As we see more widespread acceptance for robots in general, we'll likely see even more automation in health care — but some of it is already here.

How Robots Are Changing the Way We Do Surgery

Kayla Matthews | Productivity Bytes

We already see robots on the modern factory production line. They fill some of the more menial, laborious and repetitive tasks on the floor — and they often do so with more speed and efficiency than their human counterparts.

Industrial automation has set the stage for advanced robotics in other areas besides manufacturing and production. Health care experts hope to see a similar push for increased automation in their sector — and they might be closer to realizing that goal than they imagine.

 

1. Improved Precision and Accuracy

Out of all the ways robotics can improve modern surgery, manufacturers currently tout their ability to improve the precision and accuracy of operations. Miniscule, next-gen robots are also useful for performing actions in small organs, such as the human eye.

The Robotic Retinal Dissection Device — or R2D2 — is one such robot. As the name implies, it's specifically aimed at one purpose: to perform advanced surgery within the human retina. The robot's arm is small enough to fit into an incision that is approximately a hundredth of a millimeter in thickness.

The R2D2 is the first robot to operate within the human eye, and it's already correcting issues past generations wouldn't be able to address, due to the high level of precision required.

 

2. Greater Consistency Across Operations

Robots are more consistent than humans when performing operations, as a demonstration of the Smart Tissue Autonomous Robot (STAR) recently proved. Not only did it insert stitches into a small intestine — in this case, a pig's — but it did so with greater consistency and quality than human surgeons who took part in the same demonstration.

STAR completed the procedure according to its own, pre-programmed artificial intelligence that mandated the tool selection and the movements of the machine. It performed without any human intervention or assistance in 60 percent of the demonstration's tests.  

Although the machine is proven to work with improved consistency over humans, most medical experts don’t feel threatened by the breakthrough. Instead, they're optimistic at the opportunity to supplement their success via next-gen technology. For example, when surgical smoke makes it hard for humans to see, robots can complete the required processes without losing any significant time.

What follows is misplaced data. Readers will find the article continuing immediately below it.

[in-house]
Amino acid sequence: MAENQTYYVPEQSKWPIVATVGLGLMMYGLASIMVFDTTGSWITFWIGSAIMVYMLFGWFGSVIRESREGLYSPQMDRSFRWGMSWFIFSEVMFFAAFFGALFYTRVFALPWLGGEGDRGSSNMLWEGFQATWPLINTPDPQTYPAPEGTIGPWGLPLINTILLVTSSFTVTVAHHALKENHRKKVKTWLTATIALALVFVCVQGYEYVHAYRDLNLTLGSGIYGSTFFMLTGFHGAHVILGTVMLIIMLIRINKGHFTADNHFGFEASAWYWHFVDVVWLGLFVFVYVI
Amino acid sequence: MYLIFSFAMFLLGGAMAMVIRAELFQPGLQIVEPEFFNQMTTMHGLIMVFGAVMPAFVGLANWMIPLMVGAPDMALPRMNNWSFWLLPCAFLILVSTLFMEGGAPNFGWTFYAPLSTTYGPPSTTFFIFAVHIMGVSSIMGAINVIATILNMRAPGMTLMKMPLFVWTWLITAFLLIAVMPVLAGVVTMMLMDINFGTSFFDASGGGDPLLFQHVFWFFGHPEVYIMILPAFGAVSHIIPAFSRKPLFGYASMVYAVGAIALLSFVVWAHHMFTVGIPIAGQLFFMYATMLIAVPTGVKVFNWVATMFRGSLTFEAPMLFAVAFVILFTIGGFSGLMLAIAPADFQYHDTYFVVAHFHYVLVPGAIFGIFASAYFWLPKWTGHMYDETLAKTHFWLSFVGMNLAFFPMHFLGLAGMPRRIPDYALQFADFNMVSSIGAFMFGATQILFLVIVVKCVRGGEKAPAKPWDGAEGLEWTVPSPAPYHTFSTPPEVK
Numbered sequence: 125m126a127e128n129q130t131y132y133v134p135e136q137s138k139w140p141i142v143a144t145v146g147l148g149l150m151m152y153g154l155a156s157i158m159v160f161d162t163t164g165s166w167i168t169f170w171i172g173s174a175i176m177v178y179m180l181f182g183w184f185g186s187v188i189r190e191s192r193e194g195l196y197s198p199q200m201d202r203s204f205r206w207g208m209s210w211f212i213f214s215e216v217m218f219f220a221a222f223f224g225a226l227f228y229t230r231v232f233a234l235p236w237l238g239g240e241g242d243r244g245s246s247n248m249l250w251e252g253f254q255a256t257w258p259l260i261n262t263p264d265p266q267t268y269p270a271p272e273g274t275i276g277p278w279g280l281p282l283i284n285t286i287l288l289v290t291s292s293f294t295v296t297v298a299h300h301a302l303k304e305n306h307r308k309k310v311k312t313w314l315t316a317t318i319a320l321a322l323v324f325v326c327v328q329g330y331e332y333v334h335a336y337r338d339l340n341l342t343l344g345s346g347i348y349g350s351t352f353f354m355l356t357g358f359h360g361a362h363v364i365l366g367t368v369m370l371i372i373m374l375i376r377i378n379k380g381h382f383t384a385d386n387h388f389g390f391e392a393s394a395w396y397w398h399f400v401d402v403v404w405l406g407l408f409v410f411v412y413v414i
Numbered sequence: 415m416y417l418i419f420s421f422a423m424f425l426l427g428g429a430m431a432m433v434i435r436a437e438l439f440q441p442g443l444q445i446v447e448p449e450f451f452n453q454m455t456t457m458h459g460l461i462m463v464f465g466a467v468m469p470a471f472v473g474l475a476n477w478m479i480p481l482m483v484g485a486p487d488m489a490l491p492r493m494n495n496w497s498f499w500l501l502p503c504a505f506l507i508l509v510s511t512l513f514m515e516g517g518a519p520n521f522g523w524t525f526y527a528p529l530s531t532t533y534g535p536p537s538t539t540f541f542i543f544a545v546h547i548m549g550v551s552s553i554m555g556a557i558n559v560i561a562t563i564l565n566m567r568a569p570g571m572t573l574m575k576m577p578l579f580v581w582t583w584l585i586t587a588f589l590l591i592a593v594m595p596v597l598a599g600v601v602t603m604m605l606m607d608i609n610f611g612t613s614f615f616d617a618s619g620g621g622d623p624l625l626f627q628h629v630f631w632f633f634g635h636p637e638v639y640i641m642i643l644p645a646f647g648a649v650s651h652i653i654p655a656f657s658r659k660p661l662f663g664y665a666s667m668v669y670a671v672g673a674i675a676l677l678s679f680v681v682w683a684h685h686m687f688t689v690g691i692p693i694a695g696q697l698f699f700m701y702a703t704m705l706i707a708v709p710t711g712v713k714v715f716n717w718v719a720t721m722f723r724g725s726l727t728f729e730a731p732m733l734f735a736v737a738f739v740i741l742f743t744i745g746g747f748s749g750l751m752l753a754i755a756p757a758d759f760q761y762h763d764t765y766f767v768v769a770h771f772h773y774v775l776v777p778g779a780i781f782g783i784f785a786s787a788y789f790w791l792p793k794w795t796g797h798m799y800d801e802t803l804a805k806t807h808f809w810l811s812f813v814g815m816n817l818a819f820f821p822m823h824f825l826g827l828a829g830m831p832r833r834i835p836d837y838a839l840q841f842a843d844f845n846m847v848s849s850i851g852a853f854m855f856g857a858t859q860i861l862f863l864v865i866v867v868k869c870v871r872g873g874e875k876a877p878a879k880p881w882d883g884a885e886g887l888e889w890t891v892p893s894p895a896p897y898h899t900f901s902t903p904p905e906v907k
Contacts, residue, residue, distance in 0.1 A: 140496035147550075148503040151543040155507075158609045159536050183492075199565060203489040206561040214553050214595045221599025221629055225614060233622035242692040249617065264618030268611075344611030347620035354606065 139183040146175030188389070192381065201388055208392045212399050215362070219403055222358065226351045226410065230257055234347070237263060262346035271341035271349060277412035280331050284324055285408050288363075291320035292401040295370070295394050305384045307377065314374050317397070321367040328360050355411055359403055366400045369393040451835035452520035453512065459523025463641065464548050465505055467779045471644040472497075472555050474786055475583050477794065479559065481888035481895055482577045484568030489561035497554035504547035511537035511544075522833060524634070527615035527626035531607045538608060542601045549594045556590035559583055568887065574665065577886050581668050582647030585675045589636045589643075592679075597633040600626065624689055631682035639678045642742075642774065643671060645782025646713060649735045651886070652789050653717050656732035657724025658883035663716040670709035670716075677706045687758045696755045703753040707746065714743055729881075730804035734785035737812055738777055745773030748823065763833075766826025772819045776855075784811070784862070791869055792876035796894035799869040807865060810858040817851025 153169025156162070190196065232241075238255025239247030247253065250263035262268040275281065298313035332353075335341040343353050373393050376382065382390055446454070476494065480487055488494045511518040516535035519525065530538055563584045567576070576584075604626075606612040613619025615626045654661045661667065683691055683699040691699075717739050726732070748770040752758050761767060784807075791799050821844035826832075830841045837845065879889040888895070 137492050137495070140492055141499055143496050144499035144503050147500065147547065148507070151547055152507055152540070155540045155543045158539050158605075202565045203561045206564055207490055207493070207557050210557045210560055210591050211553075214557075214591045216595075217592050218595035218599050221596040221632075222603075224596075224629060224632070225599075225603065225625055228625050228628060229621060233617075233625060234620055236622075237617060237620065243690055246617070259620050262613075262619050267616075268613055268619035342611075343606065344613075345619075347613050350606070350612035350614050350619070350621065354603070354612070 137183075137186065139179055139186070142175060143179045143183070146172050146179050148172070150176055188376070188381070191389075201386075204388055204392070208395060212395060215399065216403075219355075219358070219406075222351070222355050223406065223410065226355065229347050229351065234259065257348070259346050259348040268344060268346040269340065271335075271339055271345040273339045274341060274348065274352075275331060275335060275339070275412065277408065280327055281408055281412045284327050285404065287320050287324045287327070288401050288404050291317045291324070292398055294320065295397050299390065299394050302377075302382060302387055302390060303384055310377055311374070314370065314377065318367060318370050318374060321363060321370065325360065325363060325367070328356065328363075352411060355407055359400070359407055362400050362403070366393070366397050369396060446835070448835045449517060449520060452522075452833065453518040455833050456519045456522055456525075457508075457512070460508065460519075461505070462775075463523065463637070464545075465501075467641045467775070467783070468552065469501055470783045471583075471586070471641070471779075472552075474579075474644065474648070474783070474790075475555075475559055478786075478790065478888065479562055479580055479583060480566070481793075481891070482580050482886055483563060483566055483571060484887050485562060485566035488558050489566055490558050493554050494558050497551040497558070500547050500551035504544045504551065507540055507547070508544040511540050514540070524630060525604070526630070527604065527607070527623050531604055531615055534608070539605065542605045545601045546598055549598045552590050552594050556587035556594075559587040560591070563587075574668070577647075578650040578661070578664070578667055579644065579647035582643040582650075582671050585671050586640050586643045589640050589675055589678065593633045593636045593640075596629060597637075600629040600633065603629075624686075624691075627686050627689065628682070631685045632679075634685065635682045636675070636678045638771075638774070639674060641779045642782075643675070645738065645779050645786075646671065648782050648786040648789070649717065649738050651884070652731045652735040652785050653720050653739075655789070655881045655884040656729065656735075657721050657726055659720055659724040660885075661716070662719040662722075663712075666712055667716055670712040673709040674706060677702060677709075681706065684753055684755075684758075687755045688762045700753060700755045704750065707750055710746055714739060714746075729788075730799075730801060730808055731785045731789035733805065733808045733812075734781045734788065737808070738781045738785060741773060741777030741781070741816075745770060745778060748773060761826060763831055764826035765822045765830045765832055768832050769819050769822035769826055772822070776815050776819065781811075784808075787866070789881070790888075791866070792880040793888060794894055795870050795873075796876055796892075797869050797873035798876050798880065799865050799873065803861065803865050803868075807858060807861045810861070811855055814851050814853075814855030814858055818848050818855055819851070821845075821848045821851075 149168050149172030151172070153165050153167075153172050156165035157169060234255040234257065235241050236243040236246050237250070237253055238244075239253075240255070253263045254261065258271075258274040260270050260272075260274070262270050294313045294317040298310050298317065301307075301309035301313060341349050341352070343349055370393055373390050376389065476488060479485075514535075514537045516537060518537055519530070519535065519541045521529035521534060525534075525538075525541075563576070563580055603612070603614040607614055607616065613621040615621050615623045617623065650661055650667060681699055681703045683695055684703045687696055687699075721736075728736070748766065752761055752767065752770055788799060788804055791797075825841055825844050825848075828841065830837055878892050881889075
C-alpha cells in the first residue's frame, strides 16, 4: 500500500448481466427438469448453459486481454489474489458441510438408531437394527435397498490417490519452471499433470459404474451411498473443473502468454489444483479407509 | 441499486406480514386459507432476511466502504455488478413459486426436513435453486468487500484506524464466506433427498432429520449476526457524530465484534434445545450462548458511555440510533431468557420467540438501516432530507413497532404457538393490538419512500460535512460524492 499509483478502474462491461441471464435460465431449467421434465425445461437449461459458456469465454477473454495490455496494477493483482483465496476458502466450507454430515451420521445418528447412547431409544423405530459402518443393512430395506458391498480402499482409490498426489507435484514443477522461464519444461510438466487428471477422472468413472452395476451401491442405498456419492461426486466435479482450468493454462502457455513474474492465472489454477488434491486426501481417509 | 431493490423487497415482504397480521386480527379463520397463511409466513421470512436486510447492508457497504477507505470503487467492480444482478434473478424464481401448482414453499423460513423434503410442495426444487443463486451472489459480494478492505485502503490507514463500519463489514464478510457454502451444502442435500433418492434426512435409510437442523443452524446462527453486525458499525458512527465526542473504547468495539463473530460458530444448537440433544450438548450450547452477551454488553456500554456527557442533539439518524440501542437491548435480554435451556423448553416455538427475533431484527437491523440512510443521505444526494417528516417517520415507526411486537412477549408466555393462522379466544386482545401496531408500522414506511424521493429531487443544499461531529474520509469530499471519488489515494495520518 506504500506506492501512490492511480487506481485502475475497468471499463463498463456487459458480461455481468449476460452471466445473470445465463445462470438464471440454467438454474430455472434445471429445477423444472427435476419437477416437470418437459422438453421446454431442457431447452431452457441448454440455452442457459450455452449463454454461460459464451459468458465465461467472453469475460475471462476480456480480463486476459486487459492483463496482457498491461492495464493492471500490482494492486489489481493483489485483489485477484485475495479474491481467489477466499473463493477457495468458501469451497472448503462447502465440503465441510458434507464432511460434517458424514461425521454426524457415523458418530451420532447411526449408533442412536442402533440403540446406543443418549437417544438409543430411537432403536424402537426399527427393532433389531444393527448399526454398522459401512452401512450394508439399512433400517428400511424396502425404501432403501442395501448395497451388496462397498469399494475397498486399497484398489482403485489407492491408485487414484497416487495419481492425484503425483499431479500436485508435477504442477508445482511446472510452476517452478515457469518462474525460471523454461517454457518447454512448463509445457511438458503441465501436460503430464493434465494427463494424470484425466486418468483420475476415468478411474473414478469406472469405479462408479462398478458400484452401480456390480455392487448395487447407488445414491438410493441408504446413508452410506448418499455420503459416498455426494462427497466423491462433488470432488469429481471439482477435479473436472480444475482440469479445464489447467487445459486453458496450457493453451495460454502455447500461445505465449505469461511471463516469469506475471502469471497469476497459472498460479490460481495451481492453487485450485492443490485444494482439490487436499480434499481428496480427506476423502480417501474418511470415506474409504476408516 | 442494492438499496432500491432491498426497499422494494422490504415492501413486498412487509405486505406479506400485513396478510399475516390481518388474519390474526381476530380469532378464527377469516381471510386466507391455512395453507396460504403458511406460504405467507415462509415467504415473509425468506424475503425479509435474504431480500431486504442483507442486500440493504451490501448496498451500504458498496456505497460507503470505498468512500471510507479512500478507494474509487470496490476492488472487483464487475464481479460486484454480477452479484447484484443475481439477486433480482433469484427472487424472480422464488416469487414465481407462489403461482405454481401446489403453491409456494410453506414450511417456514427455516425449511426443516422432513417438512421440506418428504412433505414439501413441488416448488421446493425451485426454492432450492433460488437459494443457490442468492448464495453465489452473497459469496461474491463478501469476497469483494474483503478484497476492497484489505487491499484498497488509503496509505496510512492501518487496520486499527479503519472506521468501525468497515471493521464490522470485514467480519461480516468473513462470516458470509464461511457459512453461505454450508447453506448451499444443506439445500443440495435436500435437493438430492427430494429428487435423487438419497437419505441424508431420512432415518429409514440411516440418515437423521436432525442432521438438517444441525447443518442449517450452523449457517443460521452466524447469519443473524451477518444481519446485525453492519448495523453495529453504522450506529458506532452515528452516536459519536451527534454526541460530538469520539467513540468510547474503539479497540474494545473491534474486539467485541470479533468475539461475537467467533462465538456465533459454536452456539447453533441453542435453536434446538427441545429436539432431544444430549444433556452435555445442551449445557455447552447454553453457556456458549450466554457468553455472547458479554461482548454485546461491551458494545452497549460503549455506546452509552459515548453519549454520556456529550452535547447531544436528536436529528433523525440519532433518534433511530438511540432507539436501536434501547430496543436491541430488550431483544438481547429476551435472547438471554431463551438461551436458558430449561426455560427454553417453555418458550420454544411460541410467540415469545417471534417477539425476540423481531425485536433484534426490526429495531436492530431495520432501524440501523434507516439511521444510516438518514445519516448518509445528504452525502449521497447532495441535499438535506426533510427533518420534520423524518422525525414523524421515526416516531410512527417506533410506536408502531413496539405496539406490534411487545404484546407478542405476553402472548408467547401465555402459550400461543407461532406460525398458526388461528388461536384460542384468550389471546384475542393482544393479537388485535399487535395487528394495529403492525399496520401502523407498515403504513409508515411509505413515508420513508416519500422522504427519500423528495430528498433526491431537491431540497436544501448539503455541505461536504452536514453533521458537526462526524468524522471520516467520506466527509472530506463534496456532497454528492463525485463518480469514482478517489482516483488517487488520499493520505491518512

3. Less Intrusive and Destructive

Most surgeries are highly intrusive processes that often result in direct and long-term damage to surrounding tissues or organs. The severity of this damage varies. In most cases, it's as insignificant as minor scarring around the site. In extreme cases, it could result in unnecessary blood loss or the onset of new medical issues altogether.

Robot-performed operations are, generally speaking, much less intrusive than those completed by human surgeons. Even the steadiest hand could have a muscle twitch or miss its target. Robotic devices aren't prone to such mistakes.

The Flex Robotic System is one such example. Used at many facilities, including the University of Pittsburgh Medical Center, the hose-like robot works itself into tight or cramped spaces within the human body while minimizing damage to blood vessels and the surrounding soft tissue.

 

4. Increased Mobility and Freedom of Movement

We're also in the earliest phases of exoskeleton assistance. Popular in sci-fi novels and films, exoskeleton devices increase the wearer's strength while making their physical movements quicker and easier. Exoskeleton equipment — which a 3D printer could produce — helps stroke victims and those with limited mobility regain their freedom of movement.

Although current exoskeleton devices are bulky and unsightly, they offer tremendous functionality. They also provide the benefit of customization, so most systems can be custom-built for each patient to achieve maximum biocompatibility.

 

Embracing Robots in the Health Care Field

While we already have a push for greater integration of technology in many professional sectors, these often don't extend to the health care field. After all, many humans can't trust a robot to assemble common consumer goods — there's no way they'll let them perform surgery on their body.

As we see more widespread acceptance for robots in general, we'll likely see even more automation in health care — but some of it is already here.

 
The content & opinions in this article are the author’s and do not necessarily represent the views of RoboticsTomorrow
Kayla Mathews - Contributing Author

Kayla Mathews - Contributing Author

Matthews is a tech journalist and writer, whose work has appeared on websites such as VentureBeat, The Week, VICE's Motherboard and Inc.com. She is also a senior writer at MakeUseOf and the owner of ProductivityBytes.com.

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